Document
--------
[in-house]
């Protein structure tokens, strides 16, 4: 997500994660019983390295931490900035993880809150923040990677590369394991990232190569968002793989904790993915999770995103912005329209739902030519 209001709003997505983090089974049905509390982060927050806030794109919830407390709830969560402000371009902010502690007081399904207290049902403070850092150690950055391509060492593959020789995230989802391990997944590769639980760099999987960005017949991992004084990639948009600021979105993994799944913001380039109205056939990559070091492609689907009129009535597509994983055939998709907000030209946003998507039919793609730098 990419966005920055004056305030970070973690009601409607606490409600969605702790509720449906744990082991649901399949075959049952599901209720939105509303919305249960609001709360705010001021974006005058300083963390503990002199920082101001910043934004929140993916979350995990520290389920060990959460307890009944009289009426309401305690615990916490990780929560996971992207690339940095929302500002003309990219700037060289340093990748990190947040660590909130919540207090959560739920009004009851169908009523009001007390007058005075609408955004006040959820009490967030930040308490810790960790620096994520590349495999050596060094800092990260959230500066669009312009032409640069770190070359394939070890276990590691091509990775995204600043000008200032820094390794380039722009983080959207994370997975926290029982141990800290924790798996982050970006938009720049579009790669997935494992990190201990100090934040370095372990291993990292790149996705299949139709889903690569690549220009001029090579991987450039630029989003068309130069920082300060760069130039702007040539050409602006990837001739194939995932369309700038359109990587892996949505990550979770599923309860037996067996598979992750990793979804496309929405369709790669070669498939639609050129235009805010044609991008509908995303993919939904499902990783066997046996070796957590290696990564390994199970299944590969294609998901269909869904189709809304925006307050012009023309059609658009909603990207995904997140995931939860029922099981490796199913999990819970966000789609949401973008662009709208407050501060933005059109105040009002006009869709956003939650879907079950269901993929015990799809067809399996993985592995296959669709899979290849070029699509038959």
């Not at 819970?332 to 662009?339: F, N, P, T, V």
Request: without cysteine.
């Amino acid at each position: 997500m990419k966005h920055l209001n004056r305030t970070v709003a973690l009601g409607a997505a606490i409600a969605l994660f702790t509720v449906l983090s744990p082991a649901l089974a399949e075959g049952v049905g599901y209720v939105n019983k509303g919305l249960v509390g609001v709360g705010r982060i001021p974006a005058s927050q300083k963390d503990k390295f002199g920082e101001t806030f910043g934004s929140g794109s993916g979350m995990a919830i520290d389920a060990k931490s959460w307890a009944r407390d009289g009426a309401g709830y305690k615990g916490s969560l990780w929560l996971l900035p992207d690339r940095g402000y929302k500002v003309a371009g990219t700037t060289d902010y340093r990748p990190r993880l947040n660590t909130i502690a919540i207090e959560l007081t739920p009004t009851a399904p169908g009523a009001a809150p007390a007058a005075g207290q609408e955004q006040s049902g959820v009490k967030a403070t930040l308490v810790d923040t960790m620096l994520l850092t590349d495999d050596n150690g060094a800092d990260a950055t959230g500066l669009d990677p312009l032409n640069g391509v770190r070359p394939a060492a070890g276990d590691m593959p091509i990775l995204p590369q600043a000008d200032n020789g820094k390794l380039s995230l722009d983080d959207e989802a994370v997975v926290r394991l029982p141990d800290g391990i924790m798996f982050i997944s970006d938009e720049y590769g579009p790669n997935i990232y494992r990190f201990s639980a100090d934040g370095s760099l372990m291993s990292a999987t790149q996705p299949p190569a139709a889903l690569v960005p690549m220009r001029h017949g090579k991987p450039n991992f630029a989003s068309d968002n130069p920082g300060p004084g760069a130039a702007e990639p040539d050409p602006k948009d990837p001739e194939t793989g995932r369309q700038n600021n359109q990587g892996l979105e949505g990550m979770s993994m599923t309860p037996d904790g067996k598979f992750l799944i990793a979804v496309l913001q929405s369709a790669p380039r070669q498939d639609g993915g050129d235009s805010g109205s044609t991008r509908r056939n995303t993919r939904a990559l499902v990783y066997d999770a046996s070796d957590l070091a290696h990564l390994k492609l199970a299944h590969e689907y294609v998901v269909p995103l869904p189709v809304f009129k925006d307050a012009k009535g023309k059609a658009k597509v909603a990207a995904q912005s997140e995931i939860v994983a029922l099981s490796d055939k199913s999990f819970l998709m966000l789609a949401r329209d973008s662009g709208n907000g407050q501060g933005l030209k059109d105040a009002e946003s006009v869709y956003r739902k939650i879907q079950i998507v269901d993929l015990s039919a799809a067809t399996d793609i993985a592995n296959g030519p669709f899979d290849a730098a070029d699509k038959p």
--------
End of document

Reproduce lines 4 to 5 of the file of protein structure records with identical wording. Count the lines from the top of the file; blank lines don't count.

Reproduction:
Request: without cysteine.
């Amino acid at each position: 997500m990419k966005h920055l209001n004056r305030t970070v709003a973690l009601g409607a997505a606490i409600a969605l994660f702790t509720v449906l983090s744990p082991a649901l089974a399949e075959g049952v049905g599901y209720v939105n019983k509303g919305l249960v509390g609001v709360g705010r982060i001021p974006a005058s927050q300083k963390d503990k390295f002199g920082e101001t806030f910043g934004s929140g794109s993916g979350m995990a919830i520290d389920a060990k931490s959460w307890a009944r407390d009289g009426a309401g709830y305690k615990g916490s969560l990780w929560l996971l900035p992207d690339r940095g402000y929302k500002v003309a371009g990219t700037t060289d902010y340093r990748p990190r993880l947040n660590t909130i502690a919540i207090e959560l007081t739920p009004t009851a399904p169908g009523a009001a809150p007390a007058a005075g207290q609408e955004q006040s049902g959820v009490k967030a403070t930040l308490v810790d923040t960790m620096l994520l850092t590349d495999d050596n150690g060094a800092d990260a950055t959230g500066l669009d990677p312009l032409n640069g391509v770190r070359p394939a060492a070890g276990d590691m593959p091509i990775l995204p590369q600043a000008d200032n020789g820094k390794l380039s995230l722009d983080d959207e989802a994370v997975v926290r394991l029982p141990d800290g391990i924790m798996f982050i997944s970006d938009e720049y590769g579009p790669n997935i990232y494992r990190f201990s639980a100090d934040g370095s760099l372990m291993s990292a999987t790149q996705p299949p190569a139709a889903l690569v960005p690549m220009r001029h017949g090579k991987p450039n991992f630029a989003s068309d968002n130069p920082g300060p004084g760069a130039a702007e990639p040539d050409p602006k948009d990837p001739e194939t793989g995932r369309q700038n600021n359109q990587g892996l979105e949505g990550m979770s993994m599923t309860p037996d904790g067996k598979f992750l799944i990793a979804v496309l913001q929405s369709a790669p380039r070669q498939d639609g993915g050129d235009s805010g109205s044609t991008r509908r056939n995303t993919r939904a990559l499902v990783y066997d999770a046996s070796d957590l070091a290696h990564l390994k492609l199970a299944h590969e689907y294609v998901v269909p995103l869904p189709v809304f009129k925006d307050a012009k009535g023309k059609a658009k597509v909603a990207a995904q912005s997140e995931i939860v994983a029922l099981s490796d055939k199913s999990f819970l998709m966000l789609a949401r329209d973008s662009g709208n907000g407050q501060g933005l030209k059109d105040a009002e946003s006009v869709y956003r739902k939650i879907q079950i998507v269901d993929l015990s039919a799809a067809t399996d793609i993985a592995n296959g030519p669709f899979d290849a730098a070029d699509k038959p």